The processor matches (416) the resolved values obtained for a first object among the plurality of the objects engaged in a certain rule to the corresponding recorded values of the rule's arguments, said recorded values comprised in the counted log record assigned to the rule. Each match between the resolved and the recorded values is counted as multiplied by the counted value of the respective recorded value in the counted log record, thus giving rise to a plurality of matching values of the resolved records. Namely, if a resolved value matches a recorded value of a certain argument (e.g. source, destination, etc.), the matching value of said resolved value is equal to the counted value of said recorded value of corresponding argument. The matching value of resolved values having no match in the counted records is equal to zero. The matching value of a group of resolved values (e.g. a range of IP addresses, a group of services a group of certain source address and destination address, etc.) is counted by summarizing the respective matching values of the unique resolved values in the group.

The processor generates (417) a counted object record comprising object identifier (e.g. object name), counting period and matching values corresponding to the resolved values of the object. The results of said matching resolved values (Tables 2-1-2-3) to respective values in the counted log records (Tables 1-1-1.3) are illustrated by way of non-limiting example in the following Tables 3-2-3-4 for the rule set illustrated in Table 3-1.

Matching processing may be started by predefined or configurable events (e.g. obtaining the log records, resolving the objects, obtaining certain log record(s) and/or certain counted log records, obtaining a certain value of a certain argument, administrator's request, etc.), periodically or otherwise scheduled, etc.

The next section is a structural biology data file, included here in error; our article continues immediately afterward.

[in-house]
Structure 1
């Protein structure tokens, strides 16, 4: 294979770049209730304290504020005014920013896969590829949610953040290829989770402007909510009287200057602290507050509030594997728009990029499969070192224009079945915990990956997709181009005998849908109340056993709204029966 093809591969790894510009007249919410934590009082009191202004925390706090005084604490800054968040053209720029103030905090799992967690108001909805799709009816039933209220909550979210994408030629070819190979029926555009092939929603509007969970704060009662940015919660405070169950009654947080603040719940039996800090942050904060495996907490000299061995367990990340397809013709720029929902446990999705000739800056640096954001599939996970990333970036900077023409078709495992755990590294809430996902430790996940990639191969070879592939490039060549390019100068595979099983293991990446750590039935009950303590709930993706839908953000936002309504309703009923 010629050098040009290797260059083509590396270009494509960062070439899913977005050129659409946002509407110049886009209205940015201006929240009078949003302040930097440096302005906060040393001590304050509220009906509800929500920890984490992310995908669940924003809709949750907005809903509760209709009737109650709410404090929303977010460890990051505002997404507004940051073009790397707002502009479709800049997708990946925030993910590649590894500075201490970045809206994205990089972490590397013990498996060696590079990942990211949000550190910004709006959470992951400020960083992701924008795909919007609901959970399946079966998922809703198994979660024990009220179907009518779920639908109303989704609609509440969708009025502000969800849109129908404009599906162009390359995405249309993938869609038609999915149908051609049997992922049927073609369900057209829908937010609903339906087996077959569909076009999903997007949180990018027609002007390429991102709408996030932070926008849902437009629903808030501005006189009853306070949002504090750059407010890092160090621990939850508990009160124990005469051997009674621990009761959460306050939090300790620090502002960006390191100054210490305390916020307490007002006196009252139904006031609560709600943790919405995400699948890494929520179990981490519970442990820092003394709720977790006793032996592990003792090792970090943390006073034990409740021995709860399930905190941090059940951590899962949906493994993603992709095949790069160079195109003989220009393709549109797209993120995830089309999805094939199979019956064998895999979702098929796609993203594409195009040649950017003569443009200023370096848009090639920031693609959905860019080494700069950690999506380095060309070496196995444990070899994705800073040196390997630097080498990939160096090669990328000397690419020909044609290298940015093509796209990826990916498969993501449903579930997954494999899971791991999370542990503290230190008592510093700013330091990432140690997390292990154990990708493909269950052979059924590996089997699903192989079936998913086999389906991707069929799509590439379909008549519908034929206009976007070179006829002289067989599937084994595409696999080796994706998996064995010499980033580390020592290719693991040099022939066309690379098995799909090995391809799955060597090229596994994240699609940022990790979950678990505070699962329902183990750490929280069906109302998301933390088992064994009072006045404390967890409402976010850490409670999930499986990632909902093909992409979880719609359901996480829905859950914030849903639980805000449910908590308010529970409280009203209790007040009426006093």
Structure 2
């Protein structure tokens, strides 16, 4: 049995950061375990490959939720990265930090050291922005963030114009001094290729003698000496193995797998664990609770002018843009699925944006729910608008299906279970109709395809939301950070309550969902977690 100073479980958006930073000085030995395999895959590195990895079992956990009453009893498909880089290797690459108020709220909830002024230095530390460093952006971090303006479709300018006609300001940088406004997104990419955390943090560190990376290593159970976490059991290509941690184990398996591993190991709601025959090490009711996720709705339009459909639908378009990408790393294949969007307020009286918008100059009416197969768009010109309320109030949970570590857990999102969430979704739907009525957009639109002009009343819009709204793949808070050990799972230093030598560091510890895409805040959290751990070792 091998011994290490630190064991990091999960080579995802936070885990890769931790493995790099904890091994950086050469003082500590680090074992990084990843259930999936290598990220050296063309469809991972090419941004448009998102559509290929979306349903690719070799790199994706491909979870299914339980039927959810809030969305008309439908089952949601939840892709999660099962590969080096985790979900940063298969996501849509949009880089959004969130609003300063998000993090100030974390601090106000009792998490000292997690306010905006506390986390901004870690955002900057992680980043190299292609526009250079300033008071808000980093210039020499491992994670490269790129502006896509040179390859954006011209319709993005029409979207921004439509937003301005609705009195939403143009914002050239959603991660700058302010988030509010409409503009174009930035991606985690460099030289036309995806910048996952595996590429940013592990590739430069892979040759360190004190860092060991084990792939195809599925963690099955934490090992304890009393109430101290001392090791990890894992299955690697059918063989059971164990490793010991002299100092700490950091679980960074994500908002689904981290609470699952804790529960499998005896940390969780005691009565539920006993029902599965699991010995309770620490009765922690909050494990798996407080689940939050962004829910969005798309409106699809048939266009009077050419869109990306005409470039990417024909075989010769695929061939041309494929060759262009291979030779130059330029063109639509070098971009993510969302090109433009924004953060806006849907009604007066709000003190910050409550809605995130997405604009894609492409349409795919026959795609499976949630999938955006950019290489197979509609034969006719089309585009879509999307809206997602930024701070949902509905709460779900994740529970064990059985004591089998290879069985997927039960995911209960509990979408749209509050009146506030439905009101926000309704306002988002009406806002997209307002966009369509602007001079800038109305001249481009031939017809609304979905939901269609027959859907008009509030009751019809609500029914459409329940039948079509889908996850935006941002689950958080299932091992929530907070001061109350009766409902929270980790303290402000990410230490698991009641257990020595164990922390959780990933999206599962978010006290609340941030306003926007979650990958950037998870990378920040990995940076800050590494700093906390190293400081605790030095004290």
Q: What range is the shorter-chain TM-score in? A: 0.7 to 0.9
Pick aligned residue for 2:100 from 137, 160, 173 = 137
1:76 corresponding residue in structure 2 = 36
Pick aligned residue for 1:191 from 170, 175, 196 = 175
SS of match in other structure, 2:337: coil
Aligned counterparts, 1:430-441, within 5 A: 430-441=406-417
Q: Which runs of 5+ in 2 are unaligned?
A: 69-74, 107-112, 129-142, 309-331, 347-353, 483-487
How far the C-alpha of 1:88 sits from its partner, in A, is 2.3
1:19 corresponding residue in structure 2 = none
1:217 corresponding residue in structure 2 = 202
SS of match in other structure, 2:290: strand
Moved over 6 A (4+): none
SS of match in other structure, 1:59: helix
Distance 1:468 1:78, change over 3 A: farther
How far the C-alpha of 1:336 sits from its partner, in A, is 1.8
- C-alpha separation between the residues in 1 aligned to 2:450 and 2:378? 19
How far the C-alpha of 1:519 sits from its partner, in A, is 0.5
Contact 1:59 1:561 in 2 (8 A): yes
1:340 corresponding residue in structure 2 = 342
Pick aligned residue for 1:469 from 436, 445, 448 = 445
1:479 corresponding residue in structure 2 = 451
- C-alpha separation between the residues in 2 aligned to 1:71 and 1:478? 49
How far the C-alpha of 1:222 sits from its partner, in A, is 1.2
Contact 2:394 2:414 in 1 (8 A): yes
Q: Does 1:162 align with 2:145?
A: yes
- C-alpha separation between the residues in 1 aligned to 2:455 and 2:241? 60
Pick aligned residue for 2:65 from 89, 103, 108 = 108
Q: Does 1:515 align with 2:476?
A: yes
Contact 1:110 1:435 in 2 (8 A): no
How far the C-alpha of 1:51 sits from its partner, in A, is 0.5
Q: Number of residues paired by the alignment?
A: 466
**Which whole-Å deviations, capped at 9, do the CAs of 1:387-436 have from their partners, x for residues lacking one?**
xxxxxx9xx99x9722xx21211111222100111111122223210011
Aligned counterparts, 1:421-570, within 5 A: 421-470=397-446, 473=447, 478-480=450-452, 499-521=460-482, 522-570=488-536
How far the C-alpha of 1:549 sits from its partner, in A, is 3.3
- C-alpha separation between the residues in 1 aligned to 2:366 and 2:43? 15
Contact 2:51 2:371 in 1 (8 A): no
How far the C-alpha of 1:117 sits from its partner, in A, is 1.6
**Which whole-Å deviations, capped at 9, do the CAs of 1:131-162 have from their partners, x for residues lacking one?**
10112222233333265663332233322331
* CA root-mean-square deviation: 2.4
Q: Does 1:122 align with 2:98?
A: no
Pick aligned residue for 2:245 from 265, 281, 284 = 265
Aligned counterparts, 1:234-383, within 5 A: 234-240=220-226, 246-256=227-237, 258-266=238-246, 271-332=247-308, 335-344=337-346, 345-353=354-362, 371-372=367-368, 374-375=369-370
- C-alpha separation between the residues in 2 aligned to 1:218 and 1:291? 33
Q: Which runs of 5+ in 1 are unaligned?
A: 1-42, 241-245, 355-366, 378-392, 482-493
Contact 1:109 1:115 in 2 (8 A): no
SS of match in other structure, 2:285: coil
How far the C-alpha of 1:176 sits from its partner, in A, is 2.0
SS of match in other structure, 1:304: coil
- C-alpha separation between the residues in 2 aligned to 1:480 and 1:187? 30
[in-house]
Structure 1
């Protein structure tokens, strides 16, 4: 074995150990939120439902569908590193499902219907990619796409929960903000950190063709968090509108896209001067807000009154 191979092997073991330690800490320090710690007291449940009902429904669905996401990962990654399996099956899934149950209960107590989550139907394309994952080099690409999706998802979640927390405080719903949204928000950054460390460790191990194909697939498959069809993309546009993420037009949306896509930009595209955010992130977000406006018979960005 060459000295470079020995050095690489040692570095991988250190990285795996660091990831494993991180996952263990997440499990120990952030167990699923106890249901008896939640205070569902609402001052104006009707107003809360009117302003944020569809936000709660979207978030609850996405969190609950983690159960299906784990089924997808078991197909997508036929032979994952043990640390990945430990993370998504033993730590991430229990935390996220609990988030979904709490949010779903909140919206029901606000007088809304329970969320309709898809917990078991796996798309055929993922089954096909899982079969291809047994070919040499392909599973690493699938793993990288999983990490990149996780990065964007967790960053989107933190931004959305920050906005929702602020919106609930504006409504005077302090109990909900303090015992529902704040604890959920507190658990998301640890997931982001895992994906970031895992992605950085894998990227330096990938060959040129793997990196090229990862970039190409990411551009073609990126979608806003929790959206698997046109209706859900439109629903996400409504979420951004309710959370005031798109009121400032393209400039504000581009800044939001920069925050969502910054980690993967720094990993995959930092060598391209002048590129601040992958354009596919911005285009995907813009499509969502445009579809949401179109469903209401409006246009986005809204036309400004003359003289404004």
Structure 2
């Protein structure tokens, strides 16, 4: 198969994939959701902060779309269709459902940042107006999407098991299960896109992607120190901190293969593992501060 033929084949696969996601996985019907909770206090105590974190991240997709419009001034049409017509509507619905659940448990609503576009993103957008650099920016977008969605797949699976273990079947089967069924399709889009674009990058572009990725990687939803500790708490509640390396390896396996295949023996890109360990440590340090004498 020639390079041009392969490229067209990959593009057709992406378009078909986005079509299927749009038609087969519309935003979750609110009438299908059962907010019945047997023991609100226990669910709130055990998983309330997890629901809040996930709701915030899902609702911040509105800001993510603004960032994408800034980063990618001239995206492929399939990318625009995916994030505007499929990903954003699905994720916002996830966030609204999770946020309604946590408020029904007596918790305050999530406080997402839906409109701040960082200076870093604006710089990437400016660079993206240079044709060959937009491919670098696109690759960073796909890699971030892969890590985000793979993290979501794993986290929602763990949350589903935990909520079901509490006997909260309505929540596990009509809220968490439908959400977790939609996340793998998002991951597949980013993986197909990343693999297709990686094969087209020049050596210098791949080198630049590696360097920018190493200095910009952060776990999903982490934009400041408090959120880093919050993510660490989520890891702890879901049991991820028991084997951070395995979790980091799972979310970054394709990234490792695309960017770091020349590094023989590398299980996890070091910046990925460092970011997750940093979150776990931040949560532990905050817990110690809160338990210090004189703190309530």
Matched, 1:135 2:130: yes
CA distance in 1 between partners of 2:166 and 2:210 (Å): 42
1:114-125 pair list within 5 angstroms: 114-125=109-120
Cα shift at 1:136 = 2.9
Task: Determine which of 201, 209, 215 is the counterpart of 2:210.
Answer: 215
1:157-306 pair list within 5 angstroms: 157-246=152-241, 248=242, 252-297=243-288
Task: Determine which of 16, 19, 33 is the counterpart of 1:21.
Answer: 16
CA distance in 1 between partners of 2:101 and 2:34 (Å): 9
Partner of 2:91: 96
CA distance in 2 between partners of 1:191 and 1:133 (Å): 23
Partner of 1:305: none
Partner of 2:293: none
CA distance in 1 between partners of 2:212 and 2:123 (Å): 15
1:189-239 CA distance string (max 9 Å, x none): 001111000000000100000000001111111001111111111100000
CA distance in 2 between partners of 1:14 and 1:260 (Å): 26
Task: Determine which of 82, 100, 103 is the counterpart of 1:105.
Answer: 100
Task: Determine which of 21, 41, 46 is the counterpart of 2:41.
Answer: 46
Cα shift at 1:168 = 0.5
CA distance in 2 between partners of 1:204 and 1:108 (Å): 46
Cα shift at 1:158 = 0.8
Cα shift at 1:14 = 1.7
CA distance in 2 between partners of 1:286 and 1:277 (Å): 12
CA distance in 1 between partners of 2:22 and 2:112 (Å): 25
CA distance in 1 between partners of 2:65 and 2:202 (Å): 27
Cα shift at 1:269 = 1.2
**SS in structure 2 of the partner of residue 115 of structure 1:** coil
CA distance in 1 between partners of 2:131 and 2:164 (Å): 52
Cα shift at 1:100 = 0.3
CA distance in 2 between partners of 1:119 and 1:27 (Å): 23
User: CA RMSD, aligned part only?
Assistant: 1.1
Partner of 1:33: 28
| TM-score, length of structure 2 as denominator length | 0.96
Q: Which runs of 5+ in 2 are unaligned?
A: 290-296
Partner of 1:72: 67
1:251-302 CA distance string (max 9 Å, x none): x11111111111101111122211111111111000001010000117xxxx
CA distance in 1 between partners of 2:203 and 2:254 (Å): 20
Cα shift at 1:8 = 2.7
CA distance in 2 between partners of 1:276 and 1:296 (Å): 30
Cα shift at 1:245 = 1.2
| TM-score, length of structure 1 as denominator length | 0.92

TABLE 3-1 Non-limiting example of rule set. Rule # Source Destination Service Action 1 Web server, Database server SQL Accept Database server 2 Any Web farm, Web services Accept Application server 3 Finance network Any P2P, Accept Web services

TABLE 3-2 Non-limiting example of the counted object sub-record related to source. Rule ID Source Resolved value(s) Matching values 1 Web server 10.0.0.1 20 1 Database server 10.0.2.2 0 2 Any 0.0.0.0- 21 255.255.255.255 3 finance network 10.2.71.0/ 30 255.255.255.224

TABLE 3-3 Non-limiting example of the counted object sub-record related to destination. Rule ID Destination Resolved value(s) Matching values 1 Database server 10.0.2.2 7 2 Web farm 10.0.0.1/ 21 255.255.255.0 2 Application server 10.0.0.10 0 3 Any 0.0.0.0- 30 255.255.255.255

TABLE 3-4 Non-limiting example of the counted object records related to service. Rule ID Service Resolved value(s) Matching values 1 SQL TCP: 1521, 1525, 1526 20 2 Web services TCP: 80, 443 21 3 P2P TCP: 4661-4662, 1214; 17 UDP: 4665 3 Web services TCP: 80, 443 13

The operation is repeated (418) for all desired objects engaged in the rule and the resulting counted object records are accommodated (419) in the object DB. As will be further detailed with reference to FIG. 5 and FIG. 7, the counted object records may be further analyzed (420), said analysis may, for example, result in auditing the objects, e.g. discovering (421) obsolete or partially used objects and/or groups thereof, ranking the objects (422) in accordance with usage, providing recommendations for optimizing the object definition (423), etc. The longer the counted period, the more reliable the results are.

Referring to FIG. 5, there are illustrated, by way of non-limiting example, schematic counted records of a network object #1 (51), a network object #2 (52) and a network object #3 (53) with counted period from January 1 till April 1, the matching values of the resolved values are illustrated in bold. Some resolved values of the objects are defined as belonging to a group #1 (54), while some other defined as belonging to a group #2 (55) or not belonging to any of said groups. As illustrated in the example, all destination-related matching values comprised in the counted record of the network object #1 are equal to zero; this indicates that said object may be considered obsolete with regards to destination. Similarly, the group #2 may be considered obsolete with regards to the entire rule as all respective matching values are equal to zero. The object #3 is not obsolete as its counted record comprises non-zero values. However, the object is partially used as part of respective matching values is equal to zero. The counted object records may be used for optimization of object/group scope by reducing destination and/or source addresses that were not used for the counted period of time (e.g., the definition of the group #1 may be optimized by excluding the object #3 from the group).